I want to go into that last bit a little more, about how the pro-choice movement has focused too much on one side of the equation. When we hear "pro-choice," we're really saying "pro-legal abortion." But I really am pro-choice. I am. I believe any woman—any woman at all—should be able to make the choice she prefers about keeping or terminating a pregnancy. And I have to think that we've been letting a lot of women down, because a whole lot of women are getting abortions in the first place because there's no paid maternity leave, there are almost no daycare subsidies. This country is brutal to mothers, especially mothers living in poverty. They are damned if they have an abortion and damned if they don't. A lot of anti-abortion people talk about women's abortion-related trauma and how a lot of women wish they'd chosen differently. Well, no kidding. A lot of these women are essentially economically coerced into termination. If we're really pro-choice, that means working hard for maternity leave policies and daycare subsidies, as well as expansions of SNAP [Supplemental Nutrition Assistance Program, aka Food Stamps] benefits and the WIC [benefits for women with children] program. If we're really only talking about choice when it comes to the rich, then we may as well not be fighting this battle at all. Everyone knows that rich women, even pre Roe, were able to travel and obtain safe abortions. Today, many poor women are stuck in a double bind: unable to afford to keep a pregnancy, unable to afford to terminate it. We need to work on both sides of that double bind if we want a country that has not just a legal notion of "choice," but real reproductive justice.
That seems like an important piece. So tell me about this diaphragm thing—we don't really need to get them fitted?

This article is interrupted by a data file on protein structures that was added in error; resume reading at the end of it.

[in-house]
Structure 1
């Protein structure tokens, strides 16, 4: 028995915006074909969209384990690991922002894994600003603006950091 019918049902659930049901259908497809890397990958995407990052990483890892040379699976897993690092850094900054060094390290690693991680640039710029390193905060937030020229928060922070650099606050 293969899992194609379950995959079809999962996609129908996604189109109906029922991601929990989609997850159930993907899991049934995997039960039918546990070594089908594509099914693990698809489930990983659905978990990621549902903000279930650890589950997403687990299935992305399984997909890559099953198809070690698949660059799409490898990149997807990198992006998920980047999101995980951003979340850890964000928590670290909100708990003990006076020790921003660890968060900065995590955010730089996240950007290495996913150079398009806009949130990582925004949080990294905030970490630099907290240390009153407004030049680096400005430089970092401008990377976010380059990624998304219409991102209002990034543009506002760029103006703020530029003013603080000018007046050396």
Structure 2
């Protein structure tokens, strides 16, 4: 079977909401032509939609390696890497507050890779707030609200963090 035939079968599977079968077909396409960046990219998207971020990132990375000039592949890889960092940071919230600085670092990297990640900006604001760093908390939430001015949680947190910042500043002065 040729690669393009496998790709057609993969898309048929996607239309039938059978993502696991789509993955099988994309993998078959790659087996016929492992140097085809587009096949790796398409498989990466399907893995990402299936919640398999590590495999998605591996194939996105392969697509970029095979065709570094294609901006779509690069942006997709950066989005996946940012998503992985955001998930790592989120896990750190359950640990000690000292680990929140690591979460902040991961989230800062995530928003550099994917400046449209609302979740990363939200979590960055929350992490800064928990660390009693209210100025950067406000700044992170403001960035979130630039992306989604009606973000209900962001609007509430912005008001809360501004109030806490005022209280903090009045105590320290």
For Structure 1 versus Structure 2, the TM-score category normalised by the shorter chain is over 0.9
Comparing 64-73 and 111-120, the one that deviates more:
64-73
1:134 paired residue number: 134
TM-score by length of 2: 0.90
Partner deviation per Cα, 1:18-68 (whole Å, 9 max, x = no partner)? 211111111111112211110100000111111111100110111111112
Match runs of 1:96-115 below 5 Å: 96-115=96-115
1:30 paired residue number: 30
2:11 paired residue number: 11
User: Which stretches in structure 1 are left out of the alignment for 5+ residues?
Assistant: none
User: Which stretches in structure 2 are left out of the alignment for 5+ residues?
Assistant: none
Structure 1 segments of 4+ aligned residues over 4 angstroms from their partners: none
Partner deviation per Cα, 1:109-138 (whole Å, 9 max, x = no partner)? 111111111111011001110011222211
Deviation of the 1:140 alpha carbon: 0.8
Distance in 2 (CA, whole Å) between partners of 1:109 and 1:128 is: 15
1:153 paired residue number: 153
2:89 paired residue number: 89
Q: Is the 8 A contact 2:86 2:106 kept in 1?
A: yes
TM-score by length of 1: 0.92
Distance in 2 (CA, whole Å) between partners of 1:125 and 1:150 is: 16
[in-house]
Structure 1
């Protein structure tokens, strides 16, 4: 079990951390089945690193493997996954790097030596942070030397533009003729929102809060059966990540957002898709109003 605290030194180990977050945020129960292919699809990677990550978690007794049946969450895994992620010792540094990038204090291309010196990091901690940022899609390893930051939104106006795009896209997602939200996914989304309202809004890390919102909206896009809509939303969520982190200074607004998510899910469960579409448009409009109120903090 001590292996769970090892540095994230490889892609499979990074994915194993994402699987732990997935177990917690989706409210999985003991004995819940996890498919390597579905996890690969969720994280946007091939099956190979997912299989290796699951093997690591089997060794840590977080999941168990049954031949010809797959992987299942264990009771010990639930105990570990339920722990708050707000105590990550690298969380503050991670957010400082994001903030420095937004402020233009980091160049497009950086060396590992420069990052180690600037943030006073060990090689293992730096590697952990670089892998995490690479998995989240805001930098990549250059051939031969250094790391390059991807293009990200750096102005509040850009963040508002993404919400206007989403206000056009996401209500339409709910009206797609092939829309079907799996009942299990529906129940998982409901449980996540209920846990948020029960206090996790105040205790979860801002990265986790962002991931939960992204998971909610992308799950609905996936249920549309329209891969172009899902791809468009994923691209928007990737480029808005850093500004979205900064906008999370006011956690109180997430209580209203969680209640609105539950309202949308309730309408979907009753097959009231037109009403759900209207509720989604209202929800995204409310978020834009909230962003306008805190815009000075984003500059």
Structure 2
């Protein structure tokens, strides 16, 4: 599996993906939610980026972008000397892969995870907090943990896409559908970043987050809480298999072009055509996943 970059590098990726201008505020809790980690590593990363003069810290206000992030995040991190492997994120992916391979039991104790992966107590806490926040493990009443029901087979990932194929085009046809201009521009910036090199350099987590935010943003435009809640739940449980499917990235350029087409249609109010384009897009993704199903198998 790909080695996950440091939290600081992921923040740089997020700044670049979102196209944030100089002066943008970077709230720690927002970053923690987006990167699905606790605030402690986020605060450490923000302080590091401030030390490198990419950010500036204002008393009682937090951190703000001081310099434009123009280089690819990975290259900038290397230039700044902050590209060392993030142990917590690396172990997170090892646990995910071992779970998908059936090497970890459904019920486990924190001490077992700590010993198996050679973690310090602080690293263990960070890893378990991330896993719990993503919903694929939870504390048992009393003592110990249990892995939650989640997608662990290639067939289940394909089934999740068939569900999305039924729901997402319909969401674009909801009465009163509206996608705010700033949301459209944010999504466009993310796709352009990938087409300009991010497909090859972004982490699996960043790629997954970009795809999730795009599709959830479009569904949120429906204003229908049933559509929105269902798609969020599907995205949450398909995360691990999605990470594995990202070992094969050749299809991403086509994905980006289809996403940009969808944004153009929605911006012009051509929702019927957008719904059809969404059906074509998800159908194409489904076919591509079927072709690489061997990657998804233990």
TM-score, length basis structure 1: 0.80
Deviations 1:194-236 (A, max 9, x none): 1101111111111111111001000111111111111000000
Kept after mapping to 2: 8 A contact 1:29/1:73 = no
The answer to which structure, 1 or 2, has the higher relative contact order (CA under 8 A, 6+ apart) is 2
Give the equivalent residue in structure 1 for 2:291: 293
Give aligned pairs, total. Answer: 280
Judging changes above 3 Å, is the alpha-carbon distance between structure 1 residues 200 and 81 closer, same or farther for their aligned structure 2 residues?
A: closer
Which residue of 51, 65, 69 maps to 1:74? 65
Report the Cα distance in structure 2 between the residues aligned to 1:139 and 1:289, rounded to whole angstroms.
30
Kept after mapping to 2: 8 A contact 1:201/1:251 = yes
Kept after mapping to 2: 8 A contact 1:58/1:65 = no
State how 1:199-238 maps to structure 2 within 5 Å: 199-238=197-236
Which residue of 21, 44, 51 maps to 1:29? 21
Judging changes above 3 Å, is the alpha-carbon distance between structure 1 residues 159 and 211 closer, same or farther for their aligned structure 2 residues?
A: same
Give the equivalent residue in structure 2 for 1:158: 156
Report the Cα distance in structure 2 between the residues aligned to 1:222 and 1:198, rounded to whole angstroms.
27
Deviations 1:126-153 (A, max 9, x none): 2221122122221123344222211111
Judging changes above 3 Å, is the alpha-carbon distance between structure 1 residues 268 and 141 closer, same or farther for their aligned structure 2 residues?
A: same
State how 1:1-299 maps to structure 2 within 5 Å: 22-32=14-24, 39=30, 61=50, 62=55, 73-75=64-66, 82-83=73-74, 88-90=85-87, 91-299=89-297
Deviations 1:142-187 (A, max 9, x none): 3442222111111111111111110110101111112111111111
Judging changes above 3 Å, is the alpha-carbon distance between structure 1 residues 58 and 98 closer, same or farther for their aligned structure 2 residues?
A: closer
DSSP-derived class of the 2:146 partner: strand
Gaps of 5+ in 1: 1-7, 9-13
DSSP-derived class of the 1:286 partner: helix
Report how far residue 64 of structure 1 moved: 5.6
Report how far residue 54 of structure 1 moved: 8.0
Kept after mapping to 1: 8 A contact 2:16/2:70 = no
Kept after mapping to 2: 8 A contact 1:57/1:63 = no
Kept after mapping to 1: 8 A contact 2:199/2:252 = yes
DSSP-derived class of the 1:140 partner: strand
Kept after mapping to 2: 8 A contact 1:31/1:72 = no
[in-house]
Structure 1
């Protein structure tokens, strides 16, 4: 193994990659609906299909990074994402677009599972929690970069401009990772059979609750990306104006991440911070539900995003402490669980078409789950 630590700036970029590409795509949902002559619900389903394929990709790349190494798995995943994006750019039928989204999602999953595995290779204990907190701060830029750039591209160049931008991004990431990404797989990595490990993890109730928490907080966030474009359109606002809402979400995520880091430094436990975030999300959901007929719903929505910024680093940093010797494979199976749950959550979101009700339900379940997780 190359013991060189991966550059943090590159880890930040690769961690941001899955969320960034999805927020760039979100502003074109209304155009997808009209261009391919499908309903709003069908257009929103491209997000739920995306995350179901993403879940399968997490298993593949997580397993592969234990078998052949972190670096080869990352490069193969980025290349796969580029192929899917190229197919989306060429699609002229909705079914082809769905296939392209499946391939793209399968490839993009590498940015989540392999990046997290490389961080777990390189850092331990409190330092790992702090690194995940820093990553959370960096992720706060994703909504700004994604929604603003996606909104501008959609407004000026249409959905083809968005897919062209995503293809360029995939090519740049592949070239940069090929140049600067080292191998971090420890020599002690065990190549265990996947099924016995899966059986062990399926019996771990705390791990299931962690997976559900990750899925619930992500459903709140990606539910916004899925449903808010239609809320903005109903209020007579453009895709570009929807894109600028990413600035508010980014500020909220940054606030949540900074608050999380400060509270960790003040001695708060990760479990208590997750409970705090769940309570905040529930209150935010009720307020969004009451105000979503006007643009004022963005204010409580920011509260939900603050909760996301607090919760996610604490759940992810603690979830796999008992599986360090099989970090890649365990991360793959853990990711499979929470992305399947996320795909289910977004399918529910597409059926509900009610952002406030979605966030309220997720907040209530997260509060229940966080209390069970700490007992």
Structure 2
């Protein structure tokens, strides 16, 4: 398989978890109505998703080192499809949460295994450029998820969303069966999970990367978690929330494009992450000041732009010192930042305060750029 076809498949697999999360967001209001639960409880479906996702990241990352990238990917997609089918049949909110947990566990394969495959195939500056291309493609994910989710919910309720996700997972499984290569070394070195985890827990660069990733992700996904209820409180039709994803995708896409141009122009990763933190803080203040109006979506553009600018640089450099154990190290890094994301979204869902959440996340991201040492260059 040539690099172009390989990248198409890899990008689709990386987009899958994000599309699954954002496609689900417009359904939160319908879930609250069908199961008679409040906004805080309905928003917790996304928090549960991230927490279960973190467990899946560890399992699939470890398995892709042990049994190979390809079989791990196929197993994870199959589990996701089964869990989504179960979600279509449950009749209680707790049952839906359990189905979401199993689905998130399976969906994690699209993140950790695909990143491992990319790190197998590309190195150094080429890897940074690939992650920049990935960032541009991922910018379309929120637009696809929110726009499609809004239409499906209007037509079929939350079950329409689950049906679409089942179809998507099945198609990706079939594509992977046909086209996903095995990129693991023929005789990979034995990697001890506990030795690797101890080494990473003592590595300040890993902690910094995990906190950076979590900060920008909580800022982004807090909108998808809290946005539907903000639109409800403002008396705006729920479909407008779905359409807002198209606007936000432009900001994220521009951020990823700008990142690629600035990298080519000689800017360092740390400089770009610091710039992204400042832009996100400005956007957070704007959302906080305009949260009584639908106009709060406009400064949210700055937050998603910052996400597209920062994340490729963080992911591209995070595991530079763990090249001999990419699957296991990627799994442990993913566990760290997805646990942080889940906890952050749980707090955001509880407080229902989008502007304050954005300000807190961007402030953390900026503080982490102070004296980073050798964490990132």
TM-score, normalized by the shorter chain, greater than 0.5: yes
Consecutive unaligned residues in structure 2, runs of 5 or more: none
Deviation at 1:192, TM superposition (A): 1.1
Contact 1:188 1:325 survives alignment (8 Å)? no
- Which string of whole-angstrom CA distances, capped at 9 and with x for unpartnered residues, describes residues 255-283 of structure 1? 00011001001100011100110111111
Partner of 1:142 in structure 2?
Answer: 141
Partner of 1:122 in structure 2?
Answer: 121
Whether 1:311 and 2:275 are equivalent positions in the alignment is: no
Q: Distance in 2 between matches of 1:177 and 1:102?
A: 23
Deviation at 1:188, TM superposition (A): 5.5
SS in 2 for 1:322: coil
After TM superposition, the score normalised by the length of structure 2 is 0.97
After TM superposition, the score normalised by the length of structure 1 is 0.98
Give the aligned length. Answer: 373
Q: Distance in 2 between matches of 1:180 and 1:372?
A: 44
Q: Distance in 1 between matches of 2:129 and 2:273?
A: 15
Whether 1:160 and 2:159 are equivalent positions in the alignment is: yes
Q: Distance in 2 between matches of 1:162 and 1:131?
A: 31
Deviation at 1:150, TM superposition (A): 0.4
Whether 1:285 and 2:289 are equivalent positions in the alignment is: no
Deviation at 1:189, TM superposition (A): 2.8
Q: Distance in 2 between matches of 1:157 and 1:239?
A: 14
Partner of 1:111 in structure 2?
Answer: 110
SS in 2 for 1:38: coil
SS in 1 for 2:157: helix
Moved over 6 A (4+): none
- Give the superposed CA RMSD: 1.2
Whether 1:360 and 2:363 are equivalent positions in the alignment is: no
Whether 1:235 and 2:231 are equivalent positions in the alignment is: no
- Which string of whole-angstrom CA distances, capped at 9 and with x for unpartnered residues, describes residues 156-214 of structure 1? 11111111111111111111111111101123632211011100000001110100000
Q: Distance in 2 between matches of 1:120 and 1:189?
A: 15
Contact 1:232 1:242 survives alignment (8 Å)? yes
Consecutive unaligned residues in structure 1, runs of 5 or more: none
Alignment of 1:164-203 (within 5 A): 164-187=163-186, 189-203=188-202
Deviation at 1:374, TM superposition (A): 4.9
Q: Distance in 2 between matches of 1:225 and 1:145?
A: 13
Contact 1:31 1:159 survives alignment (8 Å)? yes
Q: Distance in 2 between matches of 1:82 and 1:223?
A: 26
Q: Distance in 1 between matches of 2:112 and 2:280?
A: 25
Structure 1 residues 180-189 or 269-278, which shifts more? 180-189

Yeah, looking into alternative forms of birth control one day, I found out that diaphragms are actually way cooler than I'd ever known—and all because of some fairly recent studies. In the last ten years, a series of studies, mostly in the journal Contraception, have explored a new method of using the diaphragm that makes it as effective as some forms of hormonal birth control, less messy, less complicated, and allows for more spontaneity. What's more, these same studies found that a huge majority of women—almost 90%—could use a single size of diaphragm, 70mm. If it doesn't fit, you'll know, because you will have discomfort and it will be too big. And a new diaphragm model, the Caya, has a contoured fit that will work for even more women without needing to be fitted. It was always a myth that you needed a re-fit every time you gained or lost weight, but—much like the also-outdated annual Pap smear—it got you to pay your gynecologist on the regular even if you weren't relying on him or her for pill packs. Since diaphragms are available without a prescription in the UK, they're not too hard to get shipped here. Mine cost under $20, and has been going strong for two years now. Better for the environment, too. When I started looking into diaphragms, I thought they were this old, 70s-style contraception. Instead, I found out that they're 21st-century-ready. They offer a great non-hormonal option that works significantly better than condoms and is woman-controlled.